Orbán visits Putin on "peace mission"
In the middle of the Ukraine conflict, Hungary's Prime Minister Orbán has visited Putin in Moscow on what he described as a "peace mission". He also wanted to secure additional gas supplies, which the Kremlin boss pledged to give him. Critics have long accused Orbán of relying too much on Russia, for example regarding vaccines. What was behind the visit?
Doing business together is not friendship
The visit should not be understood as a political rapprochement, Magyar Nemzet stresses:
“In the pictures from Moscow one sees that the two leaders were separated by a large, oval table; symbolically, this space is Ukraine. No matter how much the two countries have changed in the past 30 years, the geopolitical reality has hardly changed and the distance remains. ... In the hope of a good deal, however, one can embark on a journey, and this time too, the Hungarian prime minister did not come home empty-handed. ... The decision was made to start negotiations on increasing gas supplies by another one billion cubic metres per year.”
Hungarian veto already in the bag
Orbán is playing Putin's game with increasing openness, the Frankfurter Allgemeine Zeitung writes in outrage:
“His foreign minister praises his country's relations with Russia and criticises Ukraine, his defence minister questions the strengthening of Nato's eastern flank, and Orbán himself cosies up to Putin in Moscow and gets an agreement on gas supplies at a better price than the rest of Europe in return. This raises the question of whether, just a few months before the election in Hungary, Putin has bought himself a veto from Budapest against EU sanctions in the event of an invasion of Ukraine.”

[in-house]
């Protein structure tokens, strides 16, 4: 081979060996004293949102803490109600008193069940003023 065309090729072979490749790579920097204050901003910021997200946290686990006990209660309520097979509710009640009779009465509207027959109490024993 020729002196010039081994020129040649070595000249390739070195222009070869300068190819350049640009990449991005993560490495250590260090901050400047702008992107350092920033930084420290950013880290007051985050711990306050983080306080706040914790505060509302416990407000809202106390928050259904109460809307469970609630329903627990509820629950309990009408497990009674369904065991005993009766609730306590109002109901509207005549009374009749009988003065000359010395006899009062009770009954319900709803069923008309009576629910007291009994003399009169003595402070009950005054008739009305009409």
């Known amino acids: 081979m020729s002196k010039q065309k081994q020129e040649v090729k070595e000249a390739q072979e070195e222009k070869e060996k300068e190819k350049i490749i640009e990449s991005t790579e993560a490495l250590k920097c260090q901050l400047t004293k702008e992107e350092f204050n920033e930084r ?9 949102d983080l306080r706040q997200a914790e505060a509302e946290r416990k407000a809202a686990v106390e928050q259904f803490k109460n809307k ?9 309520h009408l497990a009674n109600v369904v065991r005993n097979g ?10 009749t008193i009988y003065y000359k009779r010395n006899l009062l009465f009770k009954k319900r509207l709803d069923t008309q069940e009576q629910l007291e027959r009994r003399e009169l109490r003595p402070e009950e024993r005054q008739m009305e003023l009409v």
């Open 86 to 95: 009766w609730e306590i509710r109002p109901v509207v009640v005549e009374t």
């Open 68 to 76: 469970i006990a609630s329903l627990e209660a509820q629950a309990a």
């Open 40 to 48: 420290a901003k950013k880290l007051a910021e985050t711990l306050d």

Stubborn, and valued by the Kremlin boss for it
Ria Novosti praises Hungary's prime minister as a statesman of Putin's calibre:
“Orbán is not only the most experienced of all European leaders, he is also the most stubborn in defending his principles. But this is not stubbornness like that of the Polish leadership, which, while adhering to its conservative values, is trying to play on Russophobia and a dispute between Germany and Russia. Orbán's stubbornness is not based on trying to exploit antagonisms between great powers, and certainly not on provoking them, but on insisting on one's own interests. That is why Orbán is respected by many - as a person who is not afraid to challenge powerful supranational forces. Putin also respects him for this.”
The wrong priorities
Instead of currying favour with Putin Orbán should take his Polish counterpart as a model, advises Sme:
“For some reason, Hungary and Poland are often mentioned in the same breath - although the situation in Poland is much healthier. The crucial difference, the reason why it is a mistake to tar them with the same brush, is geopolitics: while Orbán was cuddling up to Putin, his Polish colleague Morawiecki was negotiating in Kyiv. And on the table were nothing less than arms deliveries and a new supra-regional cooperation format - Ukraine, Poland, the UK.”